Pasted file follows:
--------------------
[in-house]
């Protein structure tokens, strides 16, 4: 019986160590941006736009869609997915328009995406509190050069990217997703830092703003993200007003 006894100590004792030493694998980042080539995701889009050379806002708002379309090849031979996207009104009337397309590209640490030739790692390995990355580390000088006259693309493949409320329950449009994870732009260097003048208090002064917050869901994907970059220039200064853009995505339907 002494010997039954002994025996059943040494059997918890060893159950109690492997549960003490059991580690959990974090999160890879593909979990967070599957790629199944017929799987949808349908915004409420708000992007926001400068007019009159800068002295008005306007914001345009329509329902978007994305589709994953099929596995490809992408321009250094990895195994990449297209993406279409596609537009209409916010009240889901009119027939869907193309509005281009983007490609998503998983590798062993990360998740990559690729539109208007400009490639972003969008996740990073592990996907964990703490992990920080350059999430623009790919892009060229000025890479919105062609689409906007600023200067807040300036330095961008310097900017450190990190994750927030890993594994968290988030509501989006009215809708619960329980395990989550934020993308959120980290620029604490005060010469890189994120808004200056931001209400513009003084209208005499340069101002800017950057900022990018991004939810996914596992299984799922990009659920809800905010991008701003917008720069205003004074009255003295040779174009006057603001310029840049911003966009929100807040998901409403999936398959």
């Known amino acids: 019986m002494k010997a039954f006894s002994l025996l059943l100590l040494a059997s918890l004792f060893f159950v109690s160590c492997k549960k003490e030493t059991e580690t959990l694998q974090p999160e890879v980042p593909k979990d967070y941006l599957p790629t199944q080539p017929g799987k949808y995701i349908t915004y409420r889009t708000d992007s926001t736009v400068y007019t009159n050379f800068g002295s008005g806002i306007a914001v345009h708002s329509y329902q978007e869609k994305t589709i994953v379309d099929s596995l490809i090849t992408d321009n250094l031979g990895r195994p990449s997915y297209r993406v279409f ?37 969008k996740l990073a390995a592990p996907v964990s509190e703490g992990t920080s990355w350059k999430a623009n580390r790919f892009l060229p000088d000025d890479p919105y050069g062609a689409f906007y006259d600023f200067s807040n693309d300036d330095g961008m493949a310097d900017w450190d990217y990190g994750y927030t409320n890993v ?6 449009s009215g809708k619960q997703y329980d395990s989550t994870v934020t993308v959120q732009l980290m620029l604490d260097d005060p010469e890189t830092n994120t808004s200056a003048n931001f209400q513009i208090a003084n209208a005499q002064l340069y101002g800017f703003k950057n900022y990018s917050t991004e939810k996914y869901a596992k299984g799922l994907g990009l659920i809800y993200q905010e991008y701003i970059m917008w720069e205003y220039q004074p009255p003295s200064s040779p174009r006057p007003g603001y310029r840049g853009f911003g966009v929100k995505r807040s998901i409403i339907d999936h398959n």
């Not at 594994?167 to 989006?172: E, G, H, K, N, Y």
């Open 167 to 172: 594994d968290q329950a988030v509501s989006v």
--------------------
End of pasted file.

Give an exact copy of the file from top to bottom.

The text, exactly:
[in-house]
């Protein structure tokens, strides 16, 4: 019986160590941006736009869609997915328009995406509190050069990217997703830092703003993200007003 006894100590004792030493694998980042080539995701889009050379806002708002379309090849031979996207009104009337397309590209640490030739790692390995990355580390000088006259693309493949409320329950449009994870732009260097003048208090002064917050869901994907970059220039200064853009995505339907 002494010997039954002994025996059943040494059997918890060893159950109690492997549960003490059991580690959990974090999160890879593909979990967070599957790629199944017929799987949808349908915004409420708000992007926001400068007019009159800068002295008005306007914001345009329509329902978007994305589709994953099929596995490809992408321009250094990895195994990449297209993406279409596609537009209409916010009240889901009119027939869907193309509005281009983007490609998503998983590798062993990360998740990559690729539109208007400009490639972003969008996740990073592990996907964990703490992990920080350059999430623009790919892009060229000025890479919105062609689409906007600023200067807040300036330095961008310097900017450190990190994750927030890993594994968290988030509501989006009215809708619960329980395990989550934020993308959120980290620029604490005060010469890189994120808004200056931001209400513009003084209208005499340069101002800017950057900022990018991004939810996914596992299984799922990009659920809800905010991008701003917008720069205003004074009255003295040779174009006057603001310029840049911003966009929100807040998901409403999936398959």
């Known amino acids: 019986m002494k010997a039954f006894s002994l025996l059943l100590l040494a059997s918890l004792f060893f159950v109690s160590c492997k549960k003490e030493t059991e580690t959990l694998q974090p999160e890879v980042p593909k979990d967070y941006l599957p790629t199944q080539p017929g799987k949808y995701i349908t915004y409420r889009t708000d992007s926001t736009v400068y007019t009159n050379f800068g002295s008005g806002i306007a914001v345009h708002s329509y329902q978007e869609k994305t589709i994953v379309d099929s596995l490809i090849t992408d321009n250094l031979g990895r195994p990449s997915y297209r993406v279409f ?37 969008k996740l990073a390995a592990p996907v964990s509190e703490g992990t920080s990355w350059k999430a623009n580390r790919f892009l060229p000088d000025d890479p919105y050069g062609a689409f906007y006259d600023f200067s807040n693309d300036d330095g961008m493949a310097d900017w450190d990217y990190g994750y927030t409320n890993v ?6 449009s009215g809708k619960q997703y329980d395990s989550t994870v934020t993308v959120q732009l980290m620029l604490d260097d005060p010469e890189t830092n994120t808004s200056a003048n931001f209400q513009i208090a003084n209208a005499q002064l340069y101002g800017f703003k950057n900022y990018s917050t991004e939810k996914y869901a596992k299984g799922l994907g990009l659920i809800y993200q905010e991008y701003i970059m917008w720069e205003y220039q004074p009255p003295s200064s040779p174009r006057p007003g603001y310029r840049g853009f911003g966009v929100k995505r807040s998901i409403i339907d999936h398959n």
């Not at 594994?167 to 989006?172: E, G, H, K, N, Y």
């Open 167 to 172: 594994d968290q329950a988030v509501s989006v």